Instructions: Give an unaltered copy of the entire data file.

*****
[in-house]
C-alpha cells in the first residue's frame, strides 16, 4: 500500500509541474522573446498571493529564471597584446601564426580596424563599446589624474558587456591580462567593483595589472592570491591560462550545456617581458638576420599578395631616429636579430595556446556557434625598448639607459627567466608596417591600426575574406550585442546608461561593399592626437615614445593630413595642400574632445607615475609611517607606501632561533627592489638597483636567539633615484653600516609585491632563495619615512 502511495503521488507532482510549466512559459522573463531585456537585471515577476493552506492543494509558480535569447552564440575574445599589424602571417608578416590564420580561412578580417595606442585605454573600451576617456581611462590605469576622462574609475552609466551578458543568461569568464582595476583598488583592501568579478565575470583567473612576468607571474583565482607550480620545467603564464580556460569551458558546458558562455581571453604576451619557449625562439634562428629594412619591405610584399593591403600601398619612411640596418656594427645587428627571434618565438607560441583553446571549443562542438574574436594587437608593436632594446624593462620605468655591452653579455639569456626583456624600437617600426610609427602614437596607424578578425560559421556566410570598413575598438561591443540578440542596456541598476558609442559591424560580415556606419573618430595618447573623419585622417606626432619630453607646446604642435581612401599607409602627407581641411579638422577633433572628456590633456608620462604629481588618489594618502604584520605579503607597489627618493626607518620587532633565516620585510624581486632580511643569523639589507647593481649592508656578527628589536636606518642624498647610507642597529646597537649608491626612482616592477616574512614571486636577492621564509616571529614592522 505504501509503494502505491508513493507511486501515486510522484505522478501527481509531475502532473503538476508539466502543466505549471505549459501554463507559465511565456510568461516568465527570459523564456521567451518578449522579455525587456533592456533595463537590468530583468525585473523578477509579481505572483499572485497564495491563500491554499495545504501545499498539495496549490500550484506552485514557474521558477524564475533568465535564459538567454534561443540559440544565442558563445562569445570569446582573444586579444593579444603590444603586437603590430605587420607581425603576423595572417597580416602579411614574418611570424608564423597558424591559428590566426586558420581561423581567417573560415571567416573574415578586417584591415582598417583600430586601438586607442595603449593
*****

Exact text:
[in-house]
C-alpha cells in the first residue's frame, strides 16, 4: 500500500509541474522573446498571493529564471597584446601564426580596424563599446589624474558587456591580462567593483595589472592570491591560462550545456617581458638576420599578395631616429636579430595556446556557434625598448639607459627567466608596417591600426575574406550585442546608461561593399592626437615614445593630413595642400574632445607615475609611517607606501632561533627592489638597483636567539633615484653600516609585491632563495619615512 502511495503521488507532482510549466512559459522573463531585456537585471515577476493552506492543494509558480535569447552564440575574445599589424602571417608578416590564420580561412578580417595606442585605454573600451576617456581611462590605469576622462574609475552609466551578458543568461569568464582595476583598488583592501568579478565575470583567473612576468607571474583565482607550480620545467603564464580556460569551458558546458558562455581571453604576451619557449625562439634562428629594412619591405610584399593591403600601398619612411640596418656594427645587428627571434618565438607560441583553446571549443562542438574574436594587437608593436632594446624593462620605468655591452653579455639569456626583456624600437617600426610609427602614437596607424578578425560559421556566410570598413575598438561591443540578440542596456541598476558609442559591424560580415556606419573618430595618447573623419585622417606626432619630453607646446604642435581612401599607409602627407581641411579638422577633433572628456590633456608620462604629481588618489594618502604584520605579503607597489627618493626607518620587532633565516620585510624581486632580511643569523639589507647593481649592508656578527628589536636606518642624498647610507642597529646597537649608491626612482616592477616574512614571486636577492621564509616571529614592522 505504501509503494502505491508513493507511486501515486510522484505522478501527481509531475502532473503538476508539466502543466505549471505549459501554463507559465511565456510568461516568465527570459523564456521567451518578449522579455525587456533592456533595463537590468530583468525585473523578477509579481505572483499572485497564495491563500491554499495545504501545499498539495496549490500550484506552485514557474521558477524564475533568465535564459538567454534561443540559440544565442558563445562569445570569446582573444586579444593579444603590444603586437603590430605587420607581425603576423595572417597580416602579411614574418611570424608564423597558424591559428590566426586558420581561423581567417573560415571567416573574415578586417584591415582598417583600430586601438586607442595603449593